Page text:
Alan Page: Patterns for testing


Alan Page: Patterns for testing

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A portion of the material from How We Test Software at Microsoft comes from some of the classes we teach to testers at Microsoft. Bj’s chapters on functional and structural testing, for example, cover much of what we teach to new testers at Microsoft. I recently taught a class to a group of experienced testers at Microsoft and had a chance to reflect on some of the material that exists in both the book and this particular course.

Testability and patterns of software test are two topics a recent group of senior testers and I discussed (both topics are discussed briefly in chapter 4 of HWTSAM). When I first started talking with testers about testability a few years ago, there wasn’t a whole lot happening with the concept around the company. Today, just about every team understands the importance of the concept and we have a huge amount of material available internally for guidance and education. There’s still more to do, but it’s nice to see the growth and maturation.

The use of patterns for software testing is also gaining some traction. Design patterns, of course, have been popular among software developers for years, and most developers recognize the value of communicating common solutions to software design problems. One of the things that has always bugged me about software testing is that we don’t have a common language to communicate testing ideas. Testers throughout the industry often refer to the same concept by different names. Worse, we don’t have a common way to teach new testers about testing. Most of the time we sit testers in front of an application and say, “here test this”. Describing testing as patterns is one way to communicate common testing approaches to new testers. In the book – and at Microsoft, we use a variation on Robert Binder’s patterns described in Testing Object Oriented Systems. The simplified pattern includes eight elements:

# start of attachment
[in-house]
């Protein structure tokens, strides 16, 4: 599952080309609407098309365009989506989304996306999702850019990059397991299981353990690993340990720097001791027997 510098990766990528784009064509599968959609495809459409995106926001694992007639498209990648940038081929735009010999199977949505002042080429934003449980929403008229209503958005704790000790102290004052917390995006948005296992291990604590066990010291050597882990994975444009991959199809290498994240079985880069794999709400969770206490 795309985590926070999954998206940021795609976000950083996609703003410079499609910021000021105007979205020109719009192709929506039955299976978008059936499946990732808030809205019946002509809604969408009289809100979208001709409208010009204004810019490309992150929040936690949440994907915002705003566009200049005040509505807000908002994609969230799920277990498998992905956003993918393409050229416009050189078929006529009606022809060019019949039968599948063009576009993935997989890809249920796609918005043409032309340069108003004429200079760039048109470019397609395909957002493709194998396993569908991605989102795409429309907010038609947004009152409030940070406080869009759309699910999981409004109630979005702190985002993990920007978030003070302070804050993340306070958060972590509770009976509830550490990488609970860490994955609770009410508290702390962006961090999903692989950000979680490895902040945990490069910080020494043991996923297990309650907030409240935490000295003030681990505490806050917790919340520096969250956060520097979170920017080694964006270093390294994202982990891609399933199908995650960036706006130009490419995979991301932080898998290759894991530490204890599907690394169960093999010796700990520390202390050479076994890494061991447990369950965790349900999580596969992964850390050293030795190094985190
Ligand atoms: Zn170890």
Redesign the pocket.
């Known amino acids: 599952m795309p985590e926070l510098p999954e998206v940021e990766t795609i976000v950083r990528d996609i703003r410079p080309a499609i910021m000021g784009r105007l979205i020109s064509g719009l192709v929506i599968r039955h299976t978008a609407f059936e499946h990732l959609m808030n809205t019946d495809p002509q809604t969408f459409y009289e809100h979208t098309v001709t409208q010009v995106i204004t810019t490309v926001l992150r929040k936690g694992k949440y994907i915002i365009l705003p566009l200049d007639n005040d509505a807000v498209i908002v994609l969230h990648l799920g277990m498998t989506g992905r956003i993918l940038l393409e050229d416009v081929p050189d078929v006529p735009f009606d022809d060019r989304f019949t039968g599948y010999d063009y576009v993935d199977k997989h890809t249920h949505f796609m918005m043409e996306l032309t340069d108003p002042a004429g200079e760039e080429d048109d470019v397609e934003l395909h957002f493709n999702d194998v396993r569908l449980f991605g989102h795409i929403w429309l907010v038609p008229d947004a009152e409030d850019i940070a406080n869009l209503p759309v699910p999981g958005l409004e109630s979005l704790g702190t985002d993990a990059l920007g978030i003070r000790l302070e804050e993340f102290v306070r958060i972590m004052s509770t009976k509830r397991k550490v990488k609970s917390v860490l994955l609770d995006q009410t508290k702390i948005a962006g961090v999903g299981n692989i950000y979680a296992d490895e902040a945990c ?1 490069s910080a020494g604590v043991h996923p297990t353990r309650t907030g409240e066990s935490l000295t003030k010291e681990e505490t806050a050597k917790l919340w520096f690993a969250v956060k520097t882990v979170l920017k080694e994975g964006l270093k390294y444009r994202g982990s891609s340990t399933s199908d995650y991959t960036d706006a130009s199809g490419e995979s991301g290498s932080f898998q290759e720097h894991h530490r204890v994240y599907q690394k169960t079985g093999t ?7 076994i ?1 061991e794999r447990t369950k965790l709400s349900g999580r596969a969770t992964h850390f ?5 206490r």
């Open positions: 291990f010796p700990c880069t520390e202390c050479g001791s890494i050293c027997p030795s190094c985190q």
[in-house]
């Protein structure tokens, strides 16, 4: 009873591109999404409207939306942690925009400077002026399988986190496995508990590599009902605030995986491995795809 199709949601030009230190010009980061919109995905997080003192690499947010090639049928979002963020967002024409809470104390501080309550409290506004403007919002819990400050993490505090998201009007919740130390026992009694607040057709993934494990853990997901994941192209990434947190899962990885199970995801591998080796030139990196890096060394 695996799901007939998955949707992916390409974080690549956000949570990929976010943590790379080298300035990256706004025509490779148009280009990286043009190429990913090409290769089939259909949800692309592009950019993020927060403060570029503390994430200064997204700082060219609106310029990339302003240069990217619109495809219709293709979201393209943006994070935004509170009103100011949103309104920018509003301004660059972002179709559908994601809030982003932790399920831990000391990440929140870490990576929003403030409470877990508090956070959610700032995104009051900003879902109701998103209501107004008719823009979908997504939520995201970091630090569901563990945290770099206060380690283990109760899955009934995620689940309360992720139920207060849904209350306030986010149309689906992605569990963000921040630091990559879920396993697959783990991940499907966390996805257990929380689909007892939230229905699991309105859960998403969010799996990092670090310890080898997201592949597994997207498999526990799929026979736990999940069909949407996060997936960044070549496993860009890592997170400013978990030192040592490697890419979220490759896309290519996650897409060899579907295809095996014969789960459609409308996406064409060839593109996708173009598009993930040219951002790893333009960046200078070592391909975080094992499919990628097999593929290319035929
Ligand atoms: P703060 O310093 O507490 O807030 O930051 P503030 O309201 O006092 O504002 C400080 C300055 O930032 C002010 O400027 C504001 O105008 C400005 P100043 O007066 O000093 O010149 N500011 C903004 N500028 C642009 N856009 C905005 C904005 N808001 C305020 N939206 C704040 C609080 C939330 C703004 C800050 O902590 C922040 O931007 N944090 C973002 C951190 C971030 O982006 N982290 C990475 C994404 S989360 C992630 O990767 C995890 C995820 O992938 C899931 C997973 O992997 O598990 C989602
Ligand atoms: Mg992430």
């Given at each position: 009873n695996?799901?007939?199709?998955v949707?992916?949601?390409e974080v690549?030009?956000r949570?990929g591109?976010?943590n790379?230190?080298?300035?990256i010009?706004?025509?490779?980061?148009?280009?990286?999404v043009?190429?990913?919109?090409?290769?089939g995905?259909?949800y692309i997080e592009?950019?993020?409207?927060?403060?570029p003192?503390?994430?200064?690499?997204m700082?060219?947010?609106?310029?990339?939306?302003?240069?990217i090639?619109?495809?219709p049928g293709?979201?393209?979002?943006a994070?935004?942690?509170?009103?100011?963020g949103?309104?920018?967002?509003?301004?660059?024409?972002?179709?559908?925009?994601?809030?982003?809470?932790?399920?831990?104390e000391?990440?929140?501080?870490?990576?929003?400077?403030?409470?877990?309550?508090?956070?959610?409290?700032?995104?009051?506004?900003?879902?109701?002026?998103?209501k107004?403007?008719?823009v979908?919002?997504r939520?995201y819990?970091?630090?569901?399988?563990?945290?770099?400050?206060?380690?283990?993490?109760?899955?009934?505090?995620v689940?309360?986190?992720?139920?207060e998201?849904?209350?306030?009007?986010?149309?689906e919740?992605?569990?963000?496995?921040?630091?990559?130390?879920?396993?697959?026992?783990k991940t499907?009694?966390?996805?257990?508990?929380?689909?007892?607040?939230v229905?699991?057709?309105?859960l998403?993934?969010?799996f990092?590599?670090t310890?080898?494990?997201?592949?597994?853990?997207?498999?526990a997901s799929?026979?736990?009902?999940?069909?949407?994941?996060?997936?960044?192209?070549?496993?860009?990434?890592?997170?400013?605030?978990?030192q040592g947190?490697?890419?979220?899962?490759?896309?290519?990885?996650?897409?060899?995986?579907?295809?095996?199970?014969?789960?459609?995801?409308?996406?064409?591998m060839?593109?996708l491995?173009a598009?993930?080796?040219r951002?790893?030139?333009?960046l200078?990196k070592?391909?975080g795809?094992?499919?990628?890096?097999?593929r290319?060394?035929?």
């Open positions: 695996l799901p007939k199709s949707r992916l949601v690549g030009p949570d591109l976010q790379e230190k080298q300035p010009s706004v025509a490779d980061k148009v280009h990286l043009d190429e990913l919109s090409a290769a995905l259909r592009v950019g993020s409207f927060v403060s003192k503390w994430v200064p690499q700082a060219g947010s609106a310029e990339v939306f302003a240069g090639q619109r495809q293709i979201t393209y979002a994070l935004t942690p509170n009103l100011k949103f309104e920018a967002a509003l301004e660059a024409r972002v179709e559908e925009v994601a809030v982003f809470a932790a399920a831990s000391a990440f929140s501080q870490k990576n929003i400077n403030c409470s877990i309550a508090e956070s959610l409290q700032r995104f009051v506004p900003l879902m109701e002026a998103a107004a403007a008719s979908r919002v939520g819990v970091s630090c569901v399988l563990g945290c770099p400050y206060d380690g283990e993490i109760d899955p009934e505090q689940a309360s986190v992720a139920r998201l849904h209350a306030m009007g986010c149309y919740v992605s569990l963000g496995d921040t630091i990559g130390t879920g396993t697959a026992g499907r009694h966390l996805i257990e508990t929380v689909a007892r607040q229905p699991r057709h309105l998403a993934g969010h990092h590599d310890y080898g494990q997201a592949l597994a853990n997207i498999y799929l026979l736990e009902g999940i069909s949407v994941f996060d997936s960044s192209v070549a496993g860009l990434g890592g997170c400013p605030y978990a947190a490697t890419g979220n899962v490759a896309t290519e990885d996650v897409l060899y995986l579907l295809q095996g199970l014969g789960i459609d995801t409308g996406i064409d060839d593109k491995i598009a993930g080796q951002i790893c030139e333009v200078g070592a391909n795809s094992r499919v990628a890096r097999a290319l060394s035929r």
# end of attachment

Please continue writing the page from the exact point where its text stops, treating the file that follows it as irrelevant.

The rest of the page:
• Name Give a memorable name—something you can refer to in conversation
  • Problem Give a one-sentence description of the problem that this pattern solves
  • Analysis Describe the problem area (or provide a one-paragraph description of the problem area) and answer the question of how this technique is better than simply poking around
  • Design Explain how this pattern is executed (how does the pattern turn from design into test cases?)
  • Oracle Explain the expected results (can be included in the Design section)
  • Examples List examples of how this pattern finds bugs
  • Pitfalls or Limitations Explain under what circumstances and in which situations this pattern should be avoided
  • Related Patterns List any related patterns (if known)

In the book, we use the example of boundary-value analysis – or more simply stated, the technique of testing around the edges of valid input values (e.g. testing for “off by one” errors). Another example of a pattern could be the “All Pairs” test pattern (another technique discussed in-depth in hwtsam) . Using the template above, that pattern may be described like this: